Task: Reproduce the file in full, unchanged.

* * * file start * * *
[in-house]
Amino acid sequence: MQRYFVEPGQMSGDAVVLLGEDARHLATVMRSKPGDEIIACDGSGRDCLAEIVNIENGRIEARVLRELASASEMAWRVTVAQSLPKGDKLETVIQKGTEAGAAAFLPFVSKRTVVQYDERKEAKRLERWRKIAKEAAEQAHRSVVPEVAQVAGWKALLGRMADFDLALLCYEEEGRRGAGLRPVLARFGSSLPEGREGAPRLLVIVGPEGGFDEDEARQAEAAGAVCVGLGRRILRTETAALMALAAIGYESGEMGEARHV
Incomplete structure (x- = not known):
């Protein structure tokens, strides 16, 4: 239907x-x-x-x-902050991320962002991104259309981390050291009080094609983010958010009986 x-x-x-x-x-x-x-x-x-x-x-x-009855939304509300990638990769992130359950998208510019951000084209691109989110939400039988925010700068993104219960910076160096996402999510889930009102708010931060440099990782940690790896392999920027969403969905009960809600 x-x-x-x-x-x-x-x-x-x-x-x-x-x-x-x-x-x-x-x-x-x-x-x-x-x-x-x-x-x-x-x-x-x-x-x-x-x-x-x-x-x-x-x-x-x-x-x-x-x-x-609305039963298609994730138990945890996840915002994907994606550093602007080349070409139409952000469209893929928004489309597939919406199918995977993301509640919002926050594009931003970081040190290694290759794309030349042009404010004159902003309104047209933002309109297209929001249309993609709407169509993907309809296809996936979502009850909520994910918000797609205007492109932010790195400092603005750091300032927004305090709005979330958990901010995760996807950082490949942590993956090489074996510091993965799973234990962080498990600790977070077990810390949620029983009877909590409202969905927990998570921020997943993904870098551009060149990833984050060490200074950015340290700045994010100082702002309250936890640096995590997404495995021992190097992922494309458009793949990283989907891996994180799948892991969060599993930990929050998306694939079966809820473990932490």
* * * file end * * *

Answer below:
[in-house]
Amino acid sequence: MQRYFVEPGQMSGDAVVLLGEDARHLATVMRSKPGDEIIACDGSGRDCLAEIVNIENGRIEARVLRELASASEMAWRVTVAQSLPKGDKLETVIQKGTEAGAAAFLPFVSKRTVVQYDERKEAKRLERWRKIAKEAAEQAHRSVVPEVAQVAGWKALLGRMADFDLALLCYEEEGRRGAGLRPVLARFGSSLPEGREGAPRLLVIVGPEGGFDEDEARQAEAAGAVCVGLGRRILRTETAALMALAAIGYESGEMGEARHV
Incomplete structure (x- = not known):
């Protein structure tokens, strides 16, 4: 239907x-x-x-x-902050991320962002991104259309981390050291009080094609983010958010009986 x-x-x-x-x-x-x-x-x-x-x-x-009855939304509300990638990769992130359950998208510019951000084209691109989110939400039988925010700068993104219960910076160096996402999510889930009102708010931060440099990782940690790896392999920027969403969905009960809600 x-x-x-x-x-x-x-x-x-x-x-x-x-x-x-x-x-x-x-x-x-x-x-x-x-x-x-x-x-x-x-x-x-x-x-x-x-x-x-x-x-x-x-x-x-x-x-x-x-x-x-609305039963298609994730138990945890996840915002994907994606550093602007080349070409139409952000469209893929928004489309597939919406199918995977993301509640919002926050594009931003970081040190290694290759794309030349042009404010004159902003309104047209933002309109297209929001249309993609709407169509993907309809296809996936979502009850909520994910918000797609205007492109932010790195400092603005750091300032927004305090709005979330958990901010995760996807950082490949942590993956090489074996510091993965799973234990962080498990600790977070077990810390949620029983009877909590409202969905927990998570921020997943993904870098551009060149990833984050060490200074950015340290700045994010100082702002309250936890640096995590997404495995021992190097992922494309458009793949990283989907891996994180799948892991969060599993930990929050998306694939079966809820473990932490």